MANILA

Luzon placed under state of calamity

MANILA. A man walks on top of a roof of a submerged house as floods inundate villages due to Typhoon Vamco in Rizal province, Philippines on Thursday. November 12, 2020. (AP File)

PRESIDENT Rodrigo Duterte has approved the recommendation to place the entire Luzon under a state of calamity following the series of destructive typhoons that struck the country over the past weeks.

The declaration of a state of calamity is contained in Proclamation No. 1051, which Duterte signed on Wednesday, November 18, 2020.

National Disaster Risk Reduction and Management Council (NDRRMC) spokesperson Peter Galvez said the declaration covers Typhoon Quinta (Molave) on October 23 to 27, Typhoon Rolly (Goni) on October 29 to November 2, and Typhoon Ulysses (Vamco) on November 9 to 12.

“This can help hasten all the rescue relief and rehabilitation efforts of both government and private sector that have been assisting us and including possible international humanitarian assistance,” Galvez said in a press briefing on Thursday, November 19, 2020.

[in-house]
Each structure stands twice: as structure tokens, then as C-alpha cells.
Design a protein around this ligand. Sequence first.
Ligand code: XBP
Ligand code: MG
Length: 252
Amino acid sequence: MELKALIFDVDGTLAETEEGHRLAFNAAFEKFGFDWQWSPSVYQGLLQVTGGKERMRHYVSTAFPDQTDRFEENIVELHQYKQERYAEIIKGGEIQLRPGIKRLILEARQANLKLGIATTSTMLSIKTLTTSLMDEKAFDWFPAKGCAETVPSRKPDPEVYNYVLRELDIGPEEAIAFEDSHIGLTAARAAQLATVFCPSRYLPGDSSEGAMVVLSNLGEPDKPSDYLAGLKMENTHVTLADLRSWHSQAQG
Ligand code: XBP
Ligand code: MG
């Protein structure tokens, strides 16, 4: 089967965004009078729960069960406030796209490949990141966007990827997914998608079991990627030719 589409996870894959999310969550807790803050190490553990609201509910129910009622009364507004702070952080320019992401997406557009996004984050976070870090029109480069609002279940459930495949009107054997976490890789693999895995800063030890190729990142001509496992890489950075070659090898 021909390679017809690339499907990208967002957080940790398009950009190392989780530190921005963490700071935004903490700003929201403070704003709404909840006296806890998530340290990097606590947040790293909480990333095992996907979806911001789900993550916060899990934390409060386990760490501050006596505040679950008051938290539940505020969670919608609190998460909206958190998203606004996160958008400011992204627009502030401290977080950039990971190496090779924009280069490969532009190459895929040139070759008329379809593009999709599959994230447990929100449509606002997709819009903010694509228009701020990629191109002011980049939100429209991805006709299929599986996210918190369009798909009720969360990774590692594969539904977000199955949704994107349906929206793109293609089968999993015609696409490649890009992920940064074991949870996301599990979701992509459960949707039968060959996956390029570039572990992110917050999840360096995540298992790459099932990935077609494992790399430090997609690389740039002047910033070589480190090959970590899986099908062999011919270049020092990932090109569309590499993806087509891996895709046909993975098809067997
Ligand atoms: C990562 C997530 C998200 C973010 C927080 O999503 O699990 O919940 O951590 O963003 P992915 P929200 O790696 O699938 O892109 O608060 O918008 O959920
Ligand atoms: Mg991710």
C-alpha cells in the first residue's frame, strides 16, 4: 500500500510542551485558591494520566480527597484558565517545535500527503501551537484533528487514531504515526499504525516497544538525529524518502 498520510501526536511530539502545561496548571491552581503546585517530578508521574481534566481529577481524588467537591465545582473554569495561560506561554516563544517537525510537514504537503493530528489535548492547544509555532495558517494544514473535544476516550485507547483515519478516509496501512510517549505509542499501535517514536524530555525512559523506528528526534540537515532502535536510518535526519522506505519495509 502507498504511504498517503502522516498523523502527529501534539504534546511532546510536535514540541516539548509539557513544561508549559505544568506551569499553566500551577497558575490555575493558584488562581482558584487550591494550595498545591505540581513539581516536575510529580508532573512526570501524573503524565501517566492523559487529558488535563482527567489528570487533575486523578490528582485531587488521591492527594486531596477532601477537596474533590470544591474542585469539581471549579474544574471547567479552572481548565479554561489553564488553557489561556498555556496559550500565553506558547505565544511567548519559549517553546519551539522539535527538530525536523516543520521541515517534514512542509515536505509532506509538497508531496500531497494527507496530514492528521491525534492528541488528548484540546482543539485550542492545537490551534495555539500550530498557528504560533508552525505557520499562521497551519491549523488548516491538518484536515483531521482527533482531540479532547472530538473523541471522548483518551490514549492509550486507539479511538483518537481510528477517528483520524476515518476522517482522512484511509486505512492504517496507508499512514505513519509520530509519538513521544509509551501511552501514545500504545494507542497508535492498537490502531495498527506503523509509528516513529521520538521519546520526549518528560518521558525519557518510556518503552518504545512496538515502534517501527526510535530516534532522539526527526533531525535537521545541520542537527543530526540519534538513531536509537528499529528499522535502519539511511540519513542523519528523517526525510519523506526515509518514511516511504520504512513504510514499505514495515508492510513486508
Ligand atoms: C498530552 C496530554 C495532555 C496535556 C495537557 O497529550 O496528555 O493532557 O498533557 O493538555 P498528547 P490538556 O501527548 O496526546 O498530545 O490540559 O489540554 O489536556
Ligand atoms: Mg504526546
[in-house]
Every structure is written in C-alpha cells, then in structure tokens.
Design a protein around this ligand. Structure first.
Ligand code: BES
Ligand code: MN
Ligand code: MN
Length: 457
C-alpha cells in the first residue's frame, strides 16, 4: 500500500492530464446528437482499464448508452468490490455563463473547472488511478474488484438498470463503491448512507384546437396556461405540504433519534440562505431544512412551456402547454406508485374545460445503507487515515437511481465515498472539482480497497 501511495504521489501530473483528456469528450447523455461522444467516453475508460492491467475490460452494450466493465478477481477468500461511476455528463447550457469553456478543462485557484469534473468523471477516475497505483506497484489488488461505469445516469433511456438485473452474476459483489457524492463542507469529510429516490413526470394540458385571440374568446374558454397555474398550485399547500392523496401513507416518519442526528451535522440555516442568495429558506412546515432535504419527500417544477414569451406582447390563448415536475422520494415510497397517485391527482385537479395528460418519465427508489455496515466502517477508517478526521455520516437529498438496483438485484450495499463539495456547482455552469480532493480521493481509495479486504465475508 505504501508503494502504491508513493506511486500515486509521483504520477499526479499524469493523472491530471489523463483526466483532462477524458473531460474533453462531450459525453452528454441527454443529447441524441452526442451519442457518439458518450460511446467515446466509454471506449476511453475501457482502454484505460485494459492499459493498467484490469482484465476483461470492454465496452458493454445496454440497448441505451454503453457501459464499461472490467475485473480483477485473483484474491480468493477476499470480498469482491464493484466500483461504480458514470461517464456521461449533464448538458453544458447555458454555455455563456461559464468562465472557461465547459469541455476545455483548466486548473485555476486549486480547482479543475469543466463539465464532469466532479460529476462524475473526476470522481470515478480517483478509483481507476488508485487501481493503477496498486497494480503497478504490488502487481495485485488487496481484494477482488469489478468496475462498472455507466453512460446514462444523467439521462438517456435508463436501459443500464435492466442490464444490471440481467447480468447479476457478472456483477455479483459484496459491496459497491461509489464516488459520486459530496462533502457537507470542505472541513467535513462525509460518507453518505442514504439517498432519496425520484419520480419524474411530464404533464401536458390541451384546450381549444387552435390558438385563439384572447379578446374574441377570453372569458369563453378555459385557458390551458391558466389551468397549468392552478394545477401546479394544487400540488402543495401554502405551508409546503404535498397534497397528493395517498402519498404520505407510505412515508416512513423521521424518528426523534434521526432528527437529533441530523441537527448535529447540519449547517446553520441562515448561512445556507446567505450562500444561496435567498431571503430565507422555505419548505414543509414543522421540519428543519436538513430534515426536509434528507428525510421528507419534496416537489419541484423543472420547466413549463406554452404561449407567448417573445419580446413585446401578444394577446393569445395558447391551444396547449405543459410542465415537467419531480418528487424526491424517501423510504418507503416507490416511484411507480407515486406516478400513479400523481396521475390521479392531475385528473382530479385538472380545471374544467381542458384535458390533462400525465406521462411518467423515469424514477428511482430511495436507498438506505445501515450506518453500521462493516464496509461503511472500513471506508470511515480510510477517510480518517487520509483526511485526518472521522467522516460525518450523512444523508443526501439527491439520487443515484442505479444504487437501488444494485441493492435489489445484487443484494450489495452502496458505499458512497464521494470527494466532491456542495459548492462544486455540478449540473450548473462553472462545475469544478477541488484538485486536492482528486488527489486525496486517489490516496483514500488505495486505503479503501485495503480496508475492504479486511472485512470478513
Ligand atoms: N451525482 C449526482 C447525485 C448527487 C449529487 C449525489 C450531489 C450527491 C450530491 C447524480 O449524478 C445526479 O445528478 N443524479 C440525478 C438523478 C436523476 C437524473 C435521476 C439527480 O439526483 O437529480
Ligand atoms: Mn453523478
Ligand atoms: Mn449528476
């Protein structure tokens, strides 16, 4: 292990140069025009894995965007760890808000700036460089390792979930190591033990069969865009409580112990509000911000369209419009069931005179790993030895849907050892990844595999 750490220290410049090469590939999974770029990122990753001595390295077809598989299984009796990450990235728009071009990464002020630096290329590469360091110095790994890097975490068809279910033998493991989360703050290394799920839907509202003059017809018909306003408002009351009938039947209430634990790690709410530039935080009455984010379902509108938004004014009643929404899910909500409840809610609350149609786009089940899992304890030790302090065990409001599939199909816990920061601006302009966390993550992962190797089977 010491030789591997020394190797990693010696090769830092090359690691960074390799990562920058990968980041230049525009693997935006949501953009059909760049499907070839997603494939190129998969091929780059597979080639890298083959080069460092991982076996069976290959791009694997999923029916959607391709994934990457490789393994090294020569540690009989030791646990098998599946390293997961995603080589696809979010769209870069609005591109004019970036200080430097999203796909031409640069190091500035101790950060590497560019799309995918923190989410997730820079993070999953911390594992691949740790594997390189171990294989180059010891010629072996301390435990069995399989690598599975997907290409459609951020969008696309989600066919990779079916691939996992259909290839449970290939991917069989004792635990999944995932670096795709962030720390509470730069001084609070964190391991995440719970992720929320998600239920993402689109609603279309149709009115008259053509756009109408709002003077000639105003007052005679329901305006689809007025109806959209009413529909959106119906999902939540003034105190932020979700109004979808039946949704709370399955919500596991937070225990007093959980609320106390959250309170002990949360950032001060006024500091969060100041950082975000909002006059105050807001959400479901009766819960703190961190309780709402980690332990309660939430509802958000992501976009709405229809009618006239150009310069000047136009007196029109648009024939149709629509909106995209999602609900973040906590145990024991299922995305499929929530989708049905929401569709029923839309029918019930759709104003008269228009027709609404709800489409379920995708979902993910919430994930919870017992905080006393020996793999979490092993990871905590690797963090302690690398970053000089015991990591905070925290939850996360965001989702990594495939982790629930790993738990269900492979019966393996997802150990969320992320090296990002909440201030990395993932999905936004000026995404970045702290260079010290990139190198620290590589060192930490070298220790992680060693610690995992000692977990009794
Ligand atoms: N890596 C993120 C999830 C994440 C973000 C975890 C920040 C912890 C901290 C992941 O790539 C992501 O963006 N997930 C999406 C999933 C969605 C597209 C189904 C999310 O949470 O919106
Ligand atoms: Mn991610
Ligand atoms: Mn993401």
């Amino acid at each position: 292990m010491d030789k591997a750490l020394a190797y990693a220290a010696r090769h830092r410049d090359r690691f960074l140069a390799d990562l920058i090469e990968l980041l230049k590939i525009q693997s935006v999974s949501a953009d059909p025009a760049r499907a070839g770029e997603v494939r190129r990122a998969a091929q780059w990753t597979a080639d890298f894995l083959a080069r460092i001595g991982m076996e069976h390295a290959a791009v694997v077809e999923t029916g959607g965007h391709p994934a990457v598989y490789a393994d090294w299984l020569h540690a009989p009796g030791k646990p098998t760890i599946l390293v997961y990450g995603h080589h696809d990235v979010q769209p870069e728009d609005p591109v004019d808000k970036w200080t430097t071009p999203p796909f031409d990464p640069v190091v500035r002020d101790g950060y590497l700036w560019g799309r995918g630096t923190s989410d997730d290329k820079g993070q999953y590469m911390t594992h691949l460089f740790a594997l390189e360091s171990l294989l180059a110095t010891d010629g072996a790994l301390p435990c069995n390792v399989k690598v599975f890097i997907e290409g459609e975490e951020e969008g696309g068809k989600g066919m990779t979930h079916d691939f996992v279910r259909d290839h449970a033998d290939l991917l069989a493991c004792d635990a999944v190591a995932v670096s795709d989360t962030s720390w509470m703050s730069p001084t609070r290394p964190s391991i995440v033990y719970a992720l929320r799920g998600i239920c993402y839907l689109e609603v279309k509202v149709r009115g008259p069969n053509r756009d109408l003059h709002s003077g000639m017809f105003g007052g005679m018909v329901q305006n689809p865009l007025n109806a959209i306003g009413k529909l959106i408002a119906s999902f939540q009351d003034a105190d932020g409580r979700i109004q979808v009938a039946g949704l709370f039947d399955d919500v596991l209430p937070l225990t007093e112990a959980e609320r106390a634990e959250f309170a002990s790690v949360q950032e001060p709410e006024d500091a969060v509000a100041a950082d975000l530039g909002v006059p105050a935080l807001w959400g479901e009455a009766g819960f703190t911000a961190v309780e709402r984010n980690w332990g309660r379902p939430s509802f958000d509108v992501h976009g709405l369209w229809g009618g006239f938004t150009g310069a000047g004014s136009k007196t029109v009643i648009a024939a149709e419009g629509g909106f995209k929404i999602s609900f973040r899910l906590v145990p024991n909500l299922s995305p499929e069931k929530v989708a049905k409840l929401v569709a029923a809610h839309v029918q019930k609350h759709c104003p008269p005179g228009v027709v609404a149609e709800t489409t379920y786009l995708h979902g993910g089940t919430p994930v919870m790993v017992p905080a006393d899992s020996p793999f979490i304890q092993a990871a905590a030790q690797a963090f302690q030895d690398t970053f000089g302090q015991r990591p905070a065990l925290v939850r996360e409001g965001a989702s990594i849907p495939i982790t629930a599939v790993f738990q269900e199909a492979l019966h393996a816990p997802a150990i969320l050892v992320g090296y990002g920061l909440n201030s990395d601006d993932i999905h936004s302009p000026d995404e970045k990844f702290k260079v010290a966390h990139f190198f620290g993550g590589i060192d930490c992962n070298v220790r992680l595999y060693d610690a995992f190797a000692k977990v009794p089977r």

A state of calamity declaration allows the government to tap its calamity funds for relief and rehabilitation efforts.

Galvez said LGUs are given the power to access their calamity fund for the rehabilitation of damaged infrastructure and facilities while a supplemental budget may fund the procurement of equipment and services deemed useful for their disaster resilience efforts.

Proclamation 1051 also states that the declaration of a state of calamity will effectively control the prices of basic goods and commodities in the affected areas and provide the national government and the LGUs ample latitude to utilize appropriate funds for rescue, recovery, relief and rehabilitation efforts,

Galvez said a price freeze will be imposed for 60 days unless it is lifted before the end of the said period. Aside from the price freeze, a price ceiling will also be set for prime commodities to prevent overpricing.

Importation and donation of necessary supplies such as food, clothes, medicines, and equipment necessary in responding to calamities will be allowed.

No-interest loans by government financing or lending institutions will be granted to the affected individuals, Galvez added.

As of November 19, 2020, Galvez said P4 billion worth of agriculture and P6.1 billion of infrastructure were destroyed by the series of typhoons.

He said a total of 65,221 houses were damaged or destroyed due to flooding and strong winds triggered by the typhoons.

At least 73 people died while 19 others are still missing.

Over 800,000 families or nearly 3.5 million individuals were affected and most were staying in evacuation centers. (SunStar Philippines)


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